Democratic presidential candidate Barack Obama's head-turning education speech in Dayton Sept. 9 was notable for stepping away from several planks dear to traditional Democratic thinking. The national audience surely paid attention. But did his fellow Democrats in the Buckeye State? Doubling spending on charter schools, promoting performance pay for teachers, and removing poor teachers from the classroom may not be new ideas. But they are light years away from what Democratic lawmakers in Ohio-and Gov. Ted Strickland-have been advocating for the last decade.

Case in point: only one elected Democrat from the General Assembly has ever supported legislation that could be called charter-school friendly, and she-a Daytonian-became a pariah in her party and ultimately bolted for the GOP. Yet, Sen. Obama sounded as if he may have snagged an advance copy of the Thomas B. Fordham Institute's new five-point plan to boost Ohio schools, Accelerating Student Learning in Ohio: Five Policy Recommendations for Strengthening Public Education in the Buckeye State (see here).

The report calls on state policymakers to:

  1. Create world-class standards and stronger accountability mechanisms. Ohio needs to build on its progress by aligning its K-12 standards with the knowledge and skills needed for success in post-secondary education and today's global economy and by benchmarking its standards against high-performing states and nations.
  2. Ensure that funding is fairly allocated among all children and schools. To ensure that monies are allocated fairly, efficiently, and accountably, and are targeted at the differing needs of children, the current system should be replaced by a weighted-funding plan. Per-pupil amounts would be "weighted" according to the specific needs of individual youngsters and follow them to the public schools they choose to attend.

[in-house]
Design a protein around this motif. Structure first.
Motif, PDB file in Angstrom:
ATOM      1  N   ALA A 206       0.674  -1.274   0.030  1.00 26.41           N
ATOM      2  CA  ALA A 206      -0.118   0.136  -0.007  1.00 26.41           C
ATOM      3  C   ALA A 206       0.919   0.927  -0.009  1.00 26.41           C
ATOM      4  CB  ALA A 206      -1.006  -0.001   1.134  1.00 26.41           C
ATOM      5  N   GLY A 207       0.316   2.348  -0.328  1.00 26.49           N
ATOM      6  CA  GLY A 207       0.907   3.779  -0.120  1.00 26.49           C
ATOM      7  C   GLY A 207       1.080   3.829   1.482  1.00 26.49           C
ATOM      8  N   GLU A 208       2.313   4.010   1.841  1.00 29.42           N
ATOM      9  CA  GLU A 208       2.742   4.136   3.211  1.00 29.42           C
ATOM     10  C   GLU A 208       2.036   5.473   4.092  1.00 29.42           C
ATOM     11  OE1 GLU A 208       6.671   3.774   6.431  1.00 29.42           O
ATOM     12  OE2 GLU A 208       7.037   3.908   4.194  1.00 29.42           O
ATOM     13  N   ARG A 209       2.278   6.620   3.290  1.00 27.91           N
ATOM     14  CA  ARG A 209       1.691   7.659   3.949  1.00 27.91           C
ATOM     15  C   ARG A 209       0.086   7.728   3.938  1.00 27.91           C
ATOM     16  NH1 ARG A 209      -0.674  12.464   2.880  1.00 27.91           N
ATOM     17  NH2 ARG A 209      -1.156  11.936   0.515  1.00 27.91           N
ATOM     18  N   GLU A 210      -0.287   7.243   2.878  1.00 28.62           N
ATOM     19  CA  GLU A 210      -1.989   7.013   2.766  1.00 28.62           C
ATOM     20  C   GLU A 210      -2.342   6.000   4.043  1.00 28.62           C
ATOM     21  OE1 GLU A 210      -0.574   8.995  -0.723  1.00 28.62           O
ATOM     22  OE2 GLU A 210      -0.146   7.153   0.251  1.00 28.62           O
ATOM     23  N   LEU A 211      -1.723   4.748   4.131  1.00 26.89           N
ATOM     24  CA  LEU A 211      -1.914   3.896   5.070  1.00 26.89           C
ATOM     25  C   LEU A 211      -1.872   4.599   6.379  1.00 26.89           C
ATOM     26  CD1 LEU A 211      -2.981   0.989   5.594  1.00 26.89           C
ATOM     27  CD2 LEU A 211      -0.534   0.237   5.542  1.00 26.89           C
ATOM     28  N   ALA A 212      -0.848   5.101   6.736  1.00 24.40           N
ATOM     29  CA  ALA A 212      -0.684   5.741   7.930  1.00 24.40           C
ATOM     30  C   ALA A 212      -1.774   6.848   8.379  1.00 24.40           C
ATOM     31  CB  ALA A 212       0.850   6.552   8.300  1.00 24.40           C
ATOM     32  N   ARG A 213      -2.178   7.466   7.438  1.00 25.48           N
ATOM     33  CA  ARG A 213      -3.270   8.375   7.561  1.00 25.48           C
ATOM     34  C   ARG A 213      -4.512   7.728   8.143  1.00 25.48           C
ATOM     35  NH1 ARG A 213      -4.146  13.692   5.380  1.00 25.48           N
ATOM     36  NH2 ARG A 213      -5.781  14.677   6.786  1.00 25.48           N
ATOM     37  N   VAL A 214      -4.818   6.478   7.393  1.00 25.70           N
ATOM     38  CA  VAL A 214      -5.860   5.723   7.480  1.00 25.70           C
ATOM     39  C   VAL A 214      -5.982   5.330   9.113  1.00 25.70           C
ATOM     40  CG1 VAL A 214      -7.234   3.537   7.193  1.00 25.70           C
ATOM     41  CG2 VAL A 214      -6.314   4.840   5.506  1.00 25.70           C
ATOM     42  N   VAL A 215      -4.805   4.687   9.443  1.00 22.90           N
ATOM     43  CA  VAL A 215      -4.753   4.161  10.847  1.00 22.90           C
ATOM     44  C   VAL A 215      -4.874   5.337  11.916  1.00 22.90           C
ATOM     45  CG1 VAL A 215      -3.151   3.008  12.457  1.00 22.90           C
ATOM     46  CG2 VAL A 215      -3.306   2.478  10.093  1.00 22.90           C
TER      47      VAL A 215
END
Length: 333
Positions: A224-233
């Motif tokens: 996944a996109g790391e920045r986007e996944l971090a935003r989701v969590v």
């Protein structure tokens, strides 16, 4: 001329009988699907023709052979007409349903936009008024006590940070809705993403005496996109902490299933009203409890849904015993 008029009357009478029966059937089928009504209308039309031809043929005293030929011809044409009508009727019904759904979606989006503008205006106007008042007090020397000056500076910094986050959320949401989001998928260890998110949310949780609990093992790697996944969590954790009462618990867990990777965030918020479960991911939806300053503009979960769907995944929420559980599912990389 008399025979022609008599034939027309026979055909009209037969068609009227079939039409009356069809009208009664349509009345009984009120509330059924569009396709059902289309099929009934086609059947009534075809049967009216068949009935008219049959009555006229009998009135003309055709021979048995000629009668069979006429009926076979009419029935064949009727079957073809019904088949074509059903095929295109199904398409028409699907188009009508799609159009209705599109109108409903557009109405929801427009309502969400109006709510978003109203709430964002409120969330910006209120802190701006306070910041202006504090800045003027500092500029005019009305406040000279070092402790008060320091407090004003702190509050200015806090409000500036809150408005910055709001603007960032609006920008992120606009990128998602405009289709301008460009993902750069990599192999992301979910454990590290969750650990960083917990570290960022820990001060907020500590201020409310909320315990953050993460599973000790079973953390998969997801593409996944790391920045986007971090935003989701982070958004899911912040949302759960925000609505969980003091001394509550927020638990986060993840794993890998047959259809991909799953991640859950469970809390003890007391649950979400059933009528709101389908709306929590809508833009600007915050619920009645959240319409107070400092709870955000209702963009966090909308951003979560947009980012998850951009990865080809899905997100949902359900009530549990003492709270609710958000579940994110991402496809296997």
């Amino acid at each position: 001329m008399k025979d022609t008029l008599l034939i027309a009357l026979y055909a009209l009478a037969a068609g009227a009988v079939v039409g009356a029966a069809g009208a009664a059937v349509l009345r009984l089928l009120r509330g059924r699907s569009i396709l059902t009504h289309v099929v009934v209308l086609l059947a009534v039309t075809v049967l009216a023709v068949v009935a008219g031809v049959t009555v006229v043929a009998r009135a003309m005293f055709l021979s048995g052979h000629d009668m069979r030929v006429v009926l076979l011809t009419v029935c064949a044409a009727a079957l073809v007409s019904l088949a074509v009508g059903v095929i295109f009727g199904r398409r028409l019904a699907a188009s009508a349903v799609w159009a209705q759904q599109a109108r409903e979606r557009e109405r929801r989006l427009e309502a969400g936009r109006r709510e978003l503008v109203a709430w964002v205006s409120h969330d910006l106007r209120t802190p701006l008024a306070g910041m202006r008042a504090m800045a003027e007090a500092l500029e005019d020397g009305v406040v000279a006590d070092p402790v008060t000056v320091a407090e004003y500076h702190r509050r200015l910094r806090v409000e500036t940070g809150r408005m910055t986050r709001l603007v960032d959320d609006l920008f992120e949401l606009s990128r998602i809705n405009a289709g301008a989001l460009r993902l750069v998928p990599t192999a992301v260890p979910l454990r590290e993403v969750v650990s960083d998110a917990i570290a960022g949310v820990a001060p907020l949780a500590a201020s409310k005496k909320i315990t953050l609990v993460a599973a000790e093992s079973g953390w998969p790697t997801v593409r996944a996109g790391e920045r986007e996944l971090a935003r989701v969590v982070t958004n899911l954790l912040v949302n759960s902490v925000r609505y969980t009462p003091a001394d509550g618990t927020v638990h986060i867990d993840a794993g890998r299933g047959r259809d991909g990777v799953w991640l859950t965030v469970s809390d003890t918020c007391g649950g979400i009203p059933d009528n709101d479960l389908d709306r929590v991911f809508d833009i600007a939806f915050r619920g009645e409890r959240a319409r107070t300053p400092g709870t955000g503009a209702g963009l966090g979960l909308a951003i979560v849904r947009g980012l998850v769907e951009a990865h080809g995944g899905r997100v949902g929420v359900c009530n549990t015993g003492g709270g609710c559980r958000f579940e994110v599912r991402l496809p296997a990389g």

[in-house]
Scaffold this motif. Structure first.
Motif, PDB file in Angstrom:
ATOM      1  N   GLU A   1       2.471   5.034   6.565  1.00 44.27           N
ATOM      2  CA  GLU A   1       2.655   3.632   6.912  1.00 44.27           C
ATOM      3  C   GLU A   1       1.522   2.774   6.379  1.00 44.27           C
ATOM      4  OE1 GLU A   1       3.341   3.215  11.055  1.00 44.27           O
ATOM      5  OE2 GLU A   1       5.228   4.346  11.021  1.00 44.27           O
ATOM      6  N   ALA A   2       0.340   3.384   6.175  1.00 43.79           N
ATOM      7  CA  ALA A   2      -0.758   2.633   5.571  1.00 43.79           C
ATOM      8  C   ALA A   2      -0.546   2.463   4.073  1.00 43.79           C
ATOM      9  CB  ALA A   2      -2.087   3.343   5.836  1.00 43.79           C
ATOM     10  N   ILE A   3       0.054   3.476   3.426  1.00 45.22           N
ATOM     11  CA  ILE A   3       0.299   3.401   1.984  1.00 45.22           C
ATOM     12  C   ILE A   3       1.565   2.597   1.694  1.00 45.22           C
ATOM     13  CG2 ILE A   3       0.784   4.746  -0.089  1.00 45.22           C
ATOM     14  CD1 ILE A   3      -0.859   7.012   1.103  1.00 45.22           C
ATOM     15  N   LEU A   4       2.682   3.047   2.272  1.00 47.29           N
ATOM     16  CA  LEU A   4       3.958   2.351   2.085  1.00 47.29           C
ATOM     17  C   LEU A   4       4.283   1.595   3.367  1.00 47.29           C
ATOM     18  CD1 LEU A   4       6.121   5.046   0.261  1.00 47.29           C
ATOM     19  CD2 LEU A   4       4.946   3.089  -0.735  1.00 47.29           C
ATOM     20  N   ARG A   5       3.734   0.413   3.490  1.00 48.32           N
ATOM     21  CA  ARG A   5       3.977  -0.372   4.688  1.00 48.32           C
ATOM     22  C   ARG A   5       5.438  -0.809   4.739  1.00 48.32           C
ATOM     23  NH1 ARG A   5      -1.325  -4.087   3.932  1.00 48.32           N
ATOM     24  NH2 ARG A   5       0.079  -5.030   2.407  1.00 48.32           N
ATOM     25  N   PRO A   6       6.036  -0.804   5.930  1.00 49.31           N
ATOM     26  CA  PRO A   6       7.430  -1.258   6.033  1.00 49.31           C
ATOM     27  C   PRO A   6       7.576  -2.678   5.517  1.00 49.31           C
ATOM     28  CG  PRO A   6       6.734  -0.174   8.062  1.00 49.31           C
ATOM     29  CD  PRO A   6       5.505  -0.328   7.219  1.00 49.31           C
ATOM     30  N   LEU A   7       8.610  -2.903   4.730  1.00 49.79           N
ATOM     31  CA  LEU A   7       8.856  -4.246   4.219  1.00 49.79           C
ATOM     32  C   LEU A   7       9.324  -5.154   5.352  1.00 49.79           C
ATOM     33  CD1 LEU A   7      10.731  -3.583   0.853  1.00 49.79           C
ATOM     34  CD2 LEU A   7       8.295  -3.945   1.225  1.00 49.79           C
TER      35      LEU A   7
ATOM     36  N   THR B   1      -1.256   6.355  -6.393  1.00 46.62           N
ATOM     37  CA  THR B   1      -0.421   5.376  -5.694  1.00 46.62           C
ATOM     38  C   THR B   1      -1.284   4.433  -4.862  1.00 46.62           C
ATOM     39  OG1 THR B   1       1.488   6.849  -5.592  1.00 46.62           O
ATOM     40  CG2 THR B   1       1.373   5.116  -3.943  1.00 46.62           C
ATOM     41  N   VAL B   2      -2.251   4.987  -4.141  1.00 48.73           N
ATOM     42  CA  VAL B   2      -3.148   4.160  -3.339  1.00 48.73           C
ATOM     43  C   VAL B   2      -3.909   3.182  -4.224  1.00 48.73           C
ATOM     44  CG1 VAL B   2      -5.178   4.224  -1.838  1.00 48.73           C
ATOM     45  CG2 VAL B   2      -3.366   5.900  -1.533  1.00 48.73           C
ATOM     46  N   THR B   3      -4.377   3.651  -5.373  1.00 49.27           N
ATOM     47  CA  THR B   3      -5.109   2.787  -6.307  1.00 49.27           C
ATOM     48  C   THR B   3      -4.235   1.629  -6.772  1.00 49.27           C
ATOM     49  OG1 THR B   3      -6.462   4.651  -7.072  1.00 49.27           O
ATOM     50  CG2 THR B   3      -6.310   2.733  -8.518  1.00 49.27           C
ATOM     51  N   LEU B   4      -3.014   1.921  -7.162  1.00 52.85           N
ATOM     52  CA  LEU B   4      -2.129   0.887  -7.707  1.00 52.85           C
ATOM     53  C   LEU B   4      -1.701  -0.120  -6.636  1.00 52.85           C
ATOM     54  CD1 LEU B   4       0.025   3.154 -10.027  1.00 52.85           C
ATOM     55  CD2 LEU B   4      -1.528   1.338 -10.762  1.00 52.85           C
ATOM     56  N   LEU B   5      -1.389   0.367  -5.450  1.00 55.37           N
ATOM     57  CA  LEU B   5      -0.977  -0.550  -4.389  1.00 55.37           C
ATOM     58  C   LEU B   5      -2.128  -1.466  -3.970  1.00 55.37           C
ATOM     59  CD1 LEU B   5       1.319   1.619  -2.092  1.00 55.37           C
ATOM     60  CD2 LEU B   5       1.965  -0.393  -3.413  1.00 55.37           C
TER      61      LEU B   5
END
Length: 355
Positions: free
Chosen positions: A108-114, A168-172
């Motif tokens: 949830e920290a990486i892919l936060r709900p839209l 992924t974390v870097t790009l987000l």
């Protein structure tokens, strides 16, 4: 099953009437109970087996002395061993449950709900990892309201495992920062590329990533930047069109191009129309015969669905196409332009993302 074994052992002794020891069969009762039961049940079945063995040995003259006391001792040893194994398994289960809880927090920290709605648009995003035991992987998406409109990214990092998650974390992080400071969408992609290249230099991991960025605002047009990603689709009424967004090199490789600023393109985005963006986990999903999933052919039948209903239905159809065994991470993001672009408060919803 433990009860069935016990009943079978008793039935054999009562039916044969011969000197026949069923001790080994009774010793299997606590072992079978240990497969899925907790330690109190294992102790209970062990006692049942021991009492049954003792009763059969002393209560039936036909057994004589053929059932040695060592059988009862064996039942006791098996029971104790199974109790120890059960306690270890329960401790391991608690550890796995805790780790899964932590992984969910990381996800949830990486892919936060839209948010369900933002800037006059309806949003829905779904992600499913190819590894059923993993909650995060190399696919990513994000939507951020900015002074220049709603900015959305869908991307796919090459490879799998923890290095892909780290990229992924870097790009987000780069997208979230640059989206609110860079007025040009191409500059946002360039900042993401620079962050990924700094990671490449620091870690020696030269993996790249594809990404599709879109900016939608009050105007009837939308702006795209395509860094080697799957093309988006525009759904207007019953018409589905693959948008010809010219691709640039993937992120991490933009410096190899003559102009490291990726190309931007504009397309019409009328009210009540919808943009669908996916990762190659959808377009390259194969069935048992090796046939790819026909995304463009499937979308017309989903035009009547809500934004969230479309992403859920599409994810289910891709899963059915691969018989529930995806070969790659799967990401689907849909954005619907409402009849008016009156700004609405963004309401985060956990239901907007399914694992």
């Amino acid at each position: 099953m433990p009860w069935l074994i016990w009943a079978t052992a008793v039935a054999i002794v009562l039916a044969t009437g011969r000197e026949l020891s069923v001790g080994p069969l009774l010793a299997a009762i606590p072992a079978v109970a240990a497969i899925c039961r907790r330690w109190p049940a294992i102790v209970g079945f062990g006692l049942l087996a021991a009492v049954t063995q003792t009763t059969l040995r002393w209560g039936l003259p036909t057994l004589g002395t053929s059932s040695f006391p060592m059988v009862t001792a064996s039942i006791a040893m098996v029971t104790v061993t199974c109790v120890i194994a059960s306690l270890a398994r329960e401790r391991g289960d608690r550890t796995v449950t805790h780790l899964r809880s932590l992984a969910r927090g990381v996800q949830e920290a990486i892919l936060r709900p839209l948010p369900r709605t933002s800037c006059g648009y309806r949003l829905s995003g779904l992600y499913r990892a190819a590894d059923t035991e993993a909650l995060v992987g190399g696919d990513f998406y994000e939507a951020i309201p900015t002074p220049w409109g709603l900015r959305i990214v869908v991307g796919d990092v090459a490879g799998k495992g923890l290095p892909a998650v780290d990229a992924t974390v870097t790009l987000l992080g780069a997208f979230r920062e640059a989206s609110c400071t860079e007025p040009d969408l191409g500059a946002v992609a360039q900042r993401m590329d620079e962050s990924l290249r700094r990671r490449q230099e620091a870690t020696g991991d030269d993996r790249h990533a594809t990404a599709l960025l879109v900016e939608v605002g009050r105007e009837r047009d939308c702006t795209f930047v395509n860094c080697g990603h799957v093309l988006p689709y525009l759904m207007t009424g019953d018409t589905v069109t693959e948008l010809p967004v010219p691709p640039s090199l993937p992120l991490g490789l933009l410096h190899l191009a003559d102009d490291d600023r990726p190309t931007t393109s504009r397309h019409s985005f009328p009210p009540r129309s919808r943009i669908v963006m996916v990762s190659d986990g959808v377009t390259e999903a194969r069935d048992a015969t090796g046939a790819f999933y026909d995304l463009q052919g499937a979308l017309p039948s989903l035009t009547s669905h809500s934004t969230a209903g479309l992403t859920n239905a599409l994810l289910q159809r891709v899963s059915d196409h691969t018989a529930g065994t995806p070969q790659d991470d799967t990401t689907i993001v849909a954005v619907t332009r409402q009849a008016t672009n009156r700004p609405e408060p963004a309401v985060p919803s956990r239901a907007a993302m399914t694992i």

3. Recruit the best and brightest to lead schools and empower them to succeed. Ohio should recruit school leaders from many different professions and backgrounds. These leaders should be fully empowered to lead their schools. They should receive substantial bonuses for improving student achievement, and their job tenure should be directly linked to school performance.
  4. Improve teacher quality. Open the doors to talented college graduates and mid-careerists, help good teachers become great, and create a competitive compensation system and sustainable retirement system. Empower school leaders to engage, deploy, compensate, develop, and retain top instructional talent.
  5. Expand the quality of, and access to, a range of high-performing school options. One-size-fits-all education doesn't work. Students and parents need the ability to choose the best school options based on calendar, academic emphasis, pedagogy, philosophy, and technology. Public-education alternatives also provide needed competition to traditional schools so that all schools can improve. The state also needs to strengthen its capacity to overhaul and close schools that persistently fail to deliver results.